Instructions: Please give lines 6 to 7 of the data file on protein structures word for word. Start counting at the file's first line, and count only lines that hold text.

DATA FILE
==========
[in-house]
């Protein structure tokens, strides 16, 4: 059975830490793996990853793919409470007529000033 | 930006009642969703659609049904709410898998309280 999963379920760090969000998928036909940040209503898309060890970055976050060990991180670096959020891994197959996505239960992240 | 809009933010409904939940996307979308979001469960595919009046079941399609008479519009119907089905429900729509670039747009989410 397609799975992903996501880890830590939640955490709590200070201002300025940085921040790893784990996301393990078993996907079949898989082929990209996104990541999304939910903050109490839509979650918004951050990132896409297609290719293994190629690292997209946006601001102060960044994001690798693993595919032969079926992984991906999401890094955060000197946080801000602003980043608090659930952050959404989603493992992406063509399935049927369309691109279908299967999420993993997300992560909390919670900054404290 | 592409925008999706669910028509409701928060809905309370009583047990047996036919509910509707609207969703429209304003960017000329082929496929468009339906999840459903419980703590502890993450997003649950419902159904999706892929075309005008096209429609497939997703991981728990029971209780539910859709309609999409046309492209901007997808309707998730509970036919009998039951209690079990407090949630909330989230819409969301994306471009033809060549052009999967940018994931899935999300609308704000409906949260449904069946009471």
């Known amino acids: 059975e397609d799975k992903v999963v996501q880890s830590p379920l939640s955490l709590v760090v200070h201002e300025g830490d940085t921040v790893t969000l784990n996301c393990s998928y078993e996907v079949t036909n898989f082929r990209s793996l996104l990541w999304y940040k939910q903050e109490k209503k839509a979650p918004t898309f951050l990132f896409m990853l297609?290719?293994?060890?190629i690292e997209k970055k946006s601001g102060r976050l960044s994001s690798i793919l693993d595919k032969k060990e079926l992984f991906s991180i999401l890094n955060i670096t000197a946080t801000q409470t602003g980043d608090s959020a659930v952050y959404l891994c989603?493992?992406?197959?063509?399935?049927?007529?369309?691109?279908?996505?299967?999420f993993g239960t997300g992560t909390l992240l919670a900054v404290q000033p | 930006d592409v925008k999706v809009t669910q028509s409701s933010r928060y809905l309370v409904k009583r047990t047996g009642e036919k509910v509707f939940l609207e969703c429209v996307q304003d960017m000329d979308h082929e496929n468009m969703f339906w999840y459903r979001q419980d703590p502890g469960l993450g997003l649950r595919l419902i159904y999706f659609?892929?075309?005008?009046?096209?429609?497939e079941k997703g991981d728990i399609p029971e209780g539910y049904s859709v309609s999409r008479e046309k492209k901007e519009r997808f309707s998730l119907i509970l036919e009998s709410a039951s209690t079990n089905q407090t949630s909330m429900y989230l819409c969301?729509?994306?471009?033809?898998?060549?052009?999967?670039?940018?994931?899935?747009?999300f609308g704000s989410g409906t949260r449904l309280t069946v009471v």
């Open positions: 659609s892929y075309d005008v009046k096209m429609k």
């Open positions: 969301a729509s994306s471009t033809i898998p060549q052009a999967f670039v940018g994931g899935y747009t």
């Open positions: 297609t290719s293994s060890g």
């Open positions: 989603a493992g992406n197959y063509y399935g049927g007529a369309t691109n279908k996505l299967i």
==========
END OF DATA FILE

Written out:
């Open positions: 297609t290719s293994s060890g």
């Open positions: 989603a493992g992406n197959y063509y399935g049927g007529a369309t691109n279908k996505l299967i």